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Byssinosis and small airways disease.
Bradford JM; Duffell GM; Ingram R
Washington, DC: U.S. Department of Health, Education, and Welfare, Public Health Service, Centers for Disease Control, National Institute for Occupational Safety and Health, R01-OH-00674, 1978 Jan; :1-35
In a study of byssinosis and small airways disease, pulmonary function measurements including helium (7440597) and oxygen (7782447) flow volume curves were made on 470 cotton mill employees exposed to various dust levels. The employees in these cotton mills had been screened previously for pulmonary abnormalities, and some employees had moved to work areas with lower dust levels. Results showed that there was no significant increase in bronchitis or byssinosis in the dust areas nor were there any significant decreases in the percentages of normal forced vital capacity (PFVC) or forced expiratory volume in 1 second (PFEV1) in the dusty areas. These results differ from those reported from mills in which no previous pulmonary testing had been conducted. A strong smoking/tenure/dust exposure interaction on PFVC and PFEV1 was found, with the long tenured, high dust exposure, smokers having the lowest PFVC and PFEV1. There was no significant increase in small airways abnormalities with increased dust and smoking, but the mean change in the density dependence ratio is too small to have clinical significance.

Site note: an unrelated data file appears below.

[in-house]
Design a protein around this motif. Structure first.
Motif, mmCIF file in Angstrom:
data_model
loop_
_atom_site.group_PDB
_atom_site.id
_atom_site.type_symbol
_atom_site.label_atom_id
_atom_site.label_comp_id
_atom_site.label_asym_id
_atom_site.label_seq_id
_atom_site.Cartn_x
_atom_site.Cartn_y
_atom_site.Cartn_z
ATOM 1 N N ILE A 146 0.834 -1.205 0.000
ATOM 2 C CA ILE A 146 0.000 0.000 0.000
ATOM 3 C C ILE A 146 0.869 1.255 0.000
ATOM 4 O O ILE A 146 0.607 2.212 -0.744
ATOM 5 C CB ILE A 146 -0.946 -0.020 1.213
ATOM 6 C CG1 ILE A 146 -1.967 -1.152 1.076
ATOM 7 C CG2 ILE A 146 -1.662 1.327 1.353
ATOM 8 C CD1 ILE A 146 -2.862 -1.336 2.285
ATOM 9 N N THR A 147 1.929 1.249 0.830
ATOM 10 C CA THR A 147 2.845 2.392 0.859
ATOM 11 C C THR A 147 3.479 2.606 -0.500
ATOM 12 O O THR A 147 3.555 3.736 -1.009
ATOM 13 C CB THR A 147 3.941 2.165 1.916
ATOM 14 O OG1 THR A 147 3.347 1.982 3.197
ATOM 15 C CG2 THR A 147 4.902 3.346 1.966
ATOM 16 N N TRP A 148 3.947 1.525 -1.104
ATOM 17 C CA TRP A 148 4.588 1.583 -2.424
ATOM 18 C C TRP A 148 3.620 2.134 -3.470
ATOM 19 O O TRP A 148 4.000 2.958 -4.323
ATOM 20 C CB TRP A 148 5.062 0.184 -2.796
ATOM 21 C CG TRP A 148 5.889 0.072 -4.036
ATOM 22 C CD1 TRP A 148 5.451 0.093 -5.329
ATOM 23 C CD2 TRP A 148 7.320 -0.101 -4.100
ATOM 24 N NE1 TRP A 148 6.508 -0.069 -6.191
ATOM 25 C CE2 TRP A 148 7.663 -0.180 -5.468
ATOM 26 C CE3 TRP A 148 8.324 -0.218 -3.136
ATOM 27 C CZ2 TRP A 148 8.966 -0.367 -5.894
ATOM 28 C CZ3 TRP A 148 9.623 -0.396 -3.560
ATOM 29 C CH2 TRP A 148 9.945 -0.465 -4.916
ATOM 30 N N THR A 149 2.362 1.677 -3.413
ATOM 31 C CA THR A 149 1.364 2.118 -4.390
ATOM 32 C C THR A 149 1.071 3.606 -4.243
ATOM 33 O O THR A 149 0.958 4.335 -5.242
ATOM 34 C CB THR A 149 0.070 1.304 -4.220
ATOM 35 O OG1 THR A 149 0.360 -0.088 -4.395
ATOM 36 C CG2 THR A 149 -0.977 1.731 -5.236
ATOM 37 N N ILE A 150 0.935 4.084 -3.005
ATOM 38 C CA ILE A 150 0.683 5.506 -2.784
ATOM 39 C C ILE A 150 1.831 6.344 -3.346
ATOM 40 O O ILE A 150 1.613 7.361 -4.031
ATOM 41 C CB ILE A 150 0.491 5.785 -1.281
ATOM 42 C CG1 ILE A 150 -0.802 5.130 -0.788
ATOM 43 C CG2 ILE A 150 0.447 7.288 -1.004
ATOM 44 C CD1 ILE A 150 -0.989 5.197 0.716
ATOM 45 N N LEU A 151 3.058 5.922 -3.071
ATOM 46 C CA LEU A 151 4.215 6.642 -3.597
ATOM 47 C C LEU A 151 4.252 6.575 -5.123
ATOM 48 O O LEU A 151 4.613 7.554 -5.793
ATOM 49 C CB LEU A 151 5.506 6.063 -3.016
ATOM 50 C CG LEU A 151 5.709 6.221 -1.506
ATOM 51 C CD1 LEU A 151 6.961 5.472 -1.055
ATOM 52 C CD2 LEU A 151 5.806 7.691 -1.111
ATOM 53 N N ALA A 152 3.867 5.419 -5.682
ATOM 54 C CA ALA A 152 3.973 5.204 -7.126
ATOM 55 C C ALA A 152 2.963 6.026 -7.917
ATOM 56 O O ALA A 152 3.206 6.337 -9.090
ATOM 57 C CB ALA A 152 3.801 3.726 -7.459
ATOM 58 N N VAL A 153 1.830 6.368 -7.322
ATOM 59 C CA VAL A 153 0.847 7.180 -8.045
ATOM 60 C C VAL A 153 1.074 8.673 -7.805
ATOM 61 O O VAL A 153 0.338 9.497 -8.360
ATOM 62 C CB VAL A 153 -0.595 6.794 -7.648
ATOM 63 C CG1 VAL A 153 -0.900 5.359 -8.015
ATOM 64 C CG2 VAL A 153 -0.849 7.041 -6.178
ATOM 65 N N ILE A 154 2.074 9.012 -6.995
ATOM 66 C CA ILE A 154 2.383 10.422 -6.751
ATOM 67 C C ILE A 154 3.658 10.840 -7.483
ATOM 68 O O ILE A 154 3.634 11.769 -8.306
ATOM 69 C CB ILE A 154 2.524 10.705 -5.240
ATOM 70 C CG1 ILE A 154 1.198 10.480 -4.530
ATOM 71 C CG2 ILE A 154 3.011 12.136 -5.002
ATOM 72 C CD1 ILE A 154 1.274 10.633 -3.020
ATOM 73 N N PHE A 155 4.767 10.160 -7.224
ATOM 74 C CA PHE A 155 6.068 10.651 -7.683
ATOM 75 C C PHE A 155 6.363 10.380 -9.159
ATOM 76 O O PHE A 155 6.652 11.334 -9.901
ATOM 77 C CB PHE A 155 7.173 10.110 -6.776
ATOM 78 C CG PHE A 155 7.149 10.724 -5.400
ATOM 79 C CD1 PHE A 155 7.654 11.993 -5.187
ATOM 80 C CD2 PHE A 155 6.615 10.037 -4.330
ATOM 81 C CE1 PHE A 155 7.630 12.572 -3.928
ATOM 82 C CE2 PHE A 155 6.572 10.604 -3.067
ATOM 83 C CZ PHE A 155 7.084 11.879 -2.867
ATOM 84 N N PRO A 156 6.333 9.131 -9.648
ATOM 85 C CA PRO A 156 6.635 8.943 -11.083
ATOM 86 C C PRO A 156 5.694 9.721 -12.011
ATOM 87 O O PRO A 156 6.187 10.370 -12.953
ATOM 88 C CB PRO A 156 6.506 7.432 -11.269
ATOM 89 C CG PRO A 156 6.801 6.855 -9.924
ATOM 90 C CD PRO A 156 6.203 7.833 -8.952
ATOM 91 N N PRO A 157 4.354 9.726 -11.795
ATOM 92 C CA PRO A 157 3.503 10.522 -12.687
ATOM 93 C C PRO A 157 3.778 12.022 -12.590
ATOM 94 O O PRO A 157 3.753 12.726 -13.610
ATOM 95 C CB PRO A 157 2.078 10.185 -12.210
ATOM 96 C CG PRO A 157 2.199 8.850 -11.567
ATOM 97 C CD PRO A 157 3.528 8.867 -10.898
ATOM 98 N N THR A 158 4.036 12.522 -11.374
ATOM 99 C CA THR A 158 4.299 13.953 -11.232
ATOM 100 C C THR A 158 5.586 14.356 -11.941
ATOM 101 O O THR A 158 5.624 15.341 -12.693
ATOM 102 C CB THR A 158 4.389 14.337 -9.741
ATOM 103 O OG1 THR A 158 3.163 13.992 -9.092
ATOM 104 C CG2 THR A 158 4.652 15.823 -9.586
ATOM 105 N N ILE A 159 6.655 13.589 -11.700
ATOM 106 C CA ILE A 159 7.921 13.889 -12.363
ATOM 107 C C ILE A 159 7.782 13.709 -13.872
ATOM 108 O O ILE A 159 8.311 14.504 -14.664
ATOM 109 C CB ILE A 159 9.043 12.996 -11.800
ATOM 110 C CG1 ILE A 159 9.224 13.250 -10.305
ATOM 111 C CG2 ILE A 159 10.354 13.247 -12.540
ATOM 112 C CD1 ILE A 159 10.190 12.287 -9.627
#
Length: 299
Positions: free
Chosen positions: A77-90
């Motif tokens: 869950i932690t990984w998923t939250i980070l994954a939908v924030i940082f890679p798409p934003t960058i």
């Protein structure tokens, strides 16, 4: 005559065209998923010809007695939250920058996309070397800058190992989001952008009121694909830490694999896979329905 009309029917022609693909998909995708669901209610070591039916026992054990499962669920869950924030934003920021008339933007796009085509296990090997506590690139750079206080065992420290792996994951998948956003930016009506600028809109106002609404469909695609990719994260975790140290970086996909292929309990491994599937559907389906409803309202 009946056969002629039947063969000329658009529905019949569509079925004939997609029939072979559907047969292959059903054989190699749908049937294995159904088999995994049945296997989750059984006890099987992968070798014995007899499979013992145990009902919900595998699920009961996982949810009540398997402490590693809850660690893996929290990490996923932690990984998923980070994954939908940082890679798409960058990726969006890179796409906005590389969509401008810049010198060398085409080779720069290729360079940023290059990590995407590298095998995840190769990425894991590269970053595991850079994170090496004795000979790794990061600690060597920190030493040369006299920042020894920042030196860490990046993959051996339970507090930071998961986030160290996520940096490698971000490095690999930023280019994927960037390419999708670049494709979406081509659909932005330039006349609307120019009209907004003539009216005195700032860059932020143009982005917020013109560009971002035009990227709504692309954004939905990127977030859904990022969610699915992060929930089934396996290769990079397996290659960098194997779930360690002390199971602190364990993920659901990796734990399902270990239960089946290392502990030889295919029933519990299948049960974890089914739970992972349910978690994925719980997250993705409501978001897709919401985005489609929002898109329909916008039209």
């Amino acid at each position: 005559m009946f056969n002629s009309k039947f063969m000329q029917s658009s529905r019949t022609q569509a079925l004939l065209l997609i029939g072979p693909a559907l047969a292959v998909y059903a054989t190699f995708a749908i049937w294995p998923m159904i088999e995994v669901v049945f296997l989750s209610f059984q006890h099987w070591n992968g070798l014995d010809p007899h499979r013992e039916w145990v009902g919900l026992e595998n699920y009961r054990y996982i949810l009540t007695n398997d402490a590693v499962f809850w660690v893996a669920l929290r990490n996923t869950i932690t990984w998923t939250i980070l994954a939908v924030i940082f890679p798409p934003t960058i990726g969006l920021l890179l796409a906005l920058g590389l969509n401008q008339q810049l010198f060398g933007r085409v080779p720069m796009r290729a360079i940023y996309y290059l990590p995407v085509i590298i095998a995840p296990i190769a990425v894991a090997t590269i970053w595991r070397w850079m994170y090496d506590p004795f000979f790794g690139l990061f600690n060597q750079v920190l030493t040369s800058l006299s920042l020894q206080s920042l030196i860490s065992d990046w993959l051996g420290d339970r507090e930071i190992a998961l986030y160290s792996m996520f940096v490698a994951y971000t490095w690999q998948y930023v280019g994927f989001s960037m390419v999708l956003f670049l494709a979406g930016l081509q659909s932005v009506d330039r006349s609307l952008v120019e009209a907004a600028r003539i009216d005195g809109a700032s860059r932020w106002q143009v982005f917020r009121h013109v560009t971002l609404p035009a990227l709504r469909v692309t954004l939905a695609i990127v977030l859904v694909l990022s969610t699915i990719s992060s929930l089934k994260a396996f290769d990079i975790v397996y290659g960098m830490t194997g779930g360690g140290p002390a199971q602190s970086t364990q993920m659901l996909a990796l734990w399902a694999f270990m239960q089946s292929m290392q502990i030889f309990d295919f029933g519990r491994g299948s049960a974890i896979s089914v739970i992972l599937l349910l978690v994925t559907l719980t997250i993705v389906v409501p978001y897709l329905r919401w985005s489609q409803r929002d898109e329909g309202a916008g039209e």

Textiles-industry; Cotton-dust; Pulmonary-system-disorders; Cigarette-smoking; NIOSH-Grant
Medicine Emory University Hospital 1364 Clifton Road, N E Atlanta, GA 30322
Final Grant Report
NTIS Accession No.
National Institute for Occupational Safety and Health
Emory University, Atlanta, Georgia
Page last reviewed: December 11, 2020
Content source: National Institute for Occupational Safety and Health Education and Information Division